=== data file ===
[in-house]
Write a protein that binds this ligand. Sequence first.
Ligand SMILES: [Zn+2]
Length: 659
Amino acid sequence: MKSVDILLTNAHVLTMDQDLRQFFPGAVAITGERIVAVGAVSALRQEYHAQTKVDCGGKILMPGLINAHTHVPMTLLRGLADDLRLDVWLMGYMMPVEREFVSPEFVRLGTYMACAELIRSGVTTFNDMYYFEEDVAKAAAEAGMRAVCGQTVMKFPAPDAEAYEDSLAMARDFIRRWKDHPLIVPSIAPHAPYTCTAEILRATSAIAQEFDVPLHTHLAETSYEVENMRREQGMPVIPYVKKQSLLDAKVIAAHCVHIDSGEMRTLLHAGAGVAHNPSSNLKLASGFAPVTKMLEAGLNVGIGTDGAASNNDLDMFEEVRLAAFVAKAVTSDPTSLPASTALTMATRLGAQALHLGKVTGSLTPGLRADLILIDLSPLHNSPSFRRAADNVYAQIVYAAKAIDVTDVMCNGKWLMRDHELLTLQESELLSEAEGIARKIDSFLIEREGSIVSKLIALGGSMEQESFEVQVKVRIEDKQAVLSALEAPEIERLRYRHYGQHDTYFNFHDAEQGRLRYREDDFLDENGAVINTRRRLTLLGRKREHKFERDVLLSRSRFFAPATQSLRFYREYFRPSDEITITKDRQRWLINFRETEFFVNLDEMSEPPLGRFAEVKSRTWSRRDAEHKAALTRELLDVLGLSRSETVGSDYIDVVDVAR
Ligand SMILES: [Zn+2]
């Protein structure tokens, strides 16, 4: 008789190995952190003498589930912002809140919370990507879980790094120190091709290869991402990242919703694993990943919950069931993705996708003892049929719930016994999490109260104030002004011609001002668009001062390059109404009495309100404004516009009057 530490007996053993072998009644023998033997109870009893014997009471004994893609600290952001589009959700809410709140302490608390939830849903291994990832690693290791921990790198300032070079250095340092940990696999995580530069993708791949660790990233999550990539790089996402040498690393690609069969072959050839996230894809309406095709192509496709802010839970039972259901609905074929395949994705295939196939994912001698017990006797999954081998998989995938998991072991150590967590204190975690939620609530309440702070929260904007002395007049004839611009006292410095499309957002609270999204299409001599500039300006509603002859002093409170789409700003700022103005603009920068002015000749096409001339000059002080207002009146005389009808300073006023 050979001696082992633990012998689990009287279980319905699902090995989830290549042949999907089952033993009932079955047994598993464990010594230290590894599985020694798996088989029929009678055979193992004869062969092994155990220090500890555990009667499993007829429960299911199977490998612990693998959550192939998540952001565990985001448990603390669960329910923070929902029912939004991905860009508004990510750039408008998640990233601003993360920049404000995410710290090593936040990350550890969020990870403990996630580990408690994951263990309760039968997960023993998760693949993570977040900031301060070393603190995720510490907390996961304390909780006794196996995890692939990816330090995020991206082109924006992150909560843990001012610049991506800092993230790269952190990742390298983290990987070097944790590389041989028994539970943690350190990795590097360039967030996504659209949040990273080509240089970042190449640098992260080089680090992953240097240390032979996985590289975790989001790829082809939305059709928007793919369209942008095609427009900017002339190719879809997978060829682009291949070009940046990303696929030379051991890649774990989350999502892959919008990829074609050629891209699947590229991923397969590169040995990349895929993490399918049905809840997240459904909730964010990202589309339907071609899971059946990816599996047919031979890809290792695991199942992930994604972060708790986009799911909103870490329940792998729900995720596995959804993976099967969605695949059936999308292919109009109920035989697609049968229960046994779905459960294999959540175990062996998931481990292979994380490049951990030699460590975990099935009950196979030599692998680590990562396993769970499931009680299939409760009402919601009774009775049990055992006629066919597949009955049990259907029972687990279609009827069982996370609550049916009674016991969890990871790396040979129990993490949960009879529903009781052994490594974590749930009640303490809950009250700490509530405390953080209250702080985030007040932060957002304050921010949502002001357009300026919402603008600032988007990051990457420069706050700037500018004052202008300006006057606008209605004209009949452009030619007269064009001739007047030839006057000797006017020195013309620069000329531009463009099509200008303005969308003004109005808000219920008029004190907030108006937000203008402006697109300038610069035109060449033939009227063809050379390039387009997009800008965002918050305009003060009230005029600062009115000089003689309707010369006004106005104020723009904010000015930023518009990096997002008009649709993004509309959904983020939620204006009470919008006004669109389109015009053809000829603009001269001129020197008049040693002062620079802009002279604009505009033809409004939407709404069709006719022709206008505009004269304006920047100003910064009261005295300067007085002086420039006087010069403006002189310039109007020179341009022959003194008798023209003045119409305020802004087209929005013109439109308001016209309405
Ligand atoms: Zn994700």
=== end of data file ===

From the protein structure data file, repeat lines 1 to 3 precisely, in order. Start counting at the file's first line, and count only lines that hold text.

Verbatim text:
[in-house]
Write a protein that binds this ligand. Sequence first.
Ligand SMILES: [Zn+2]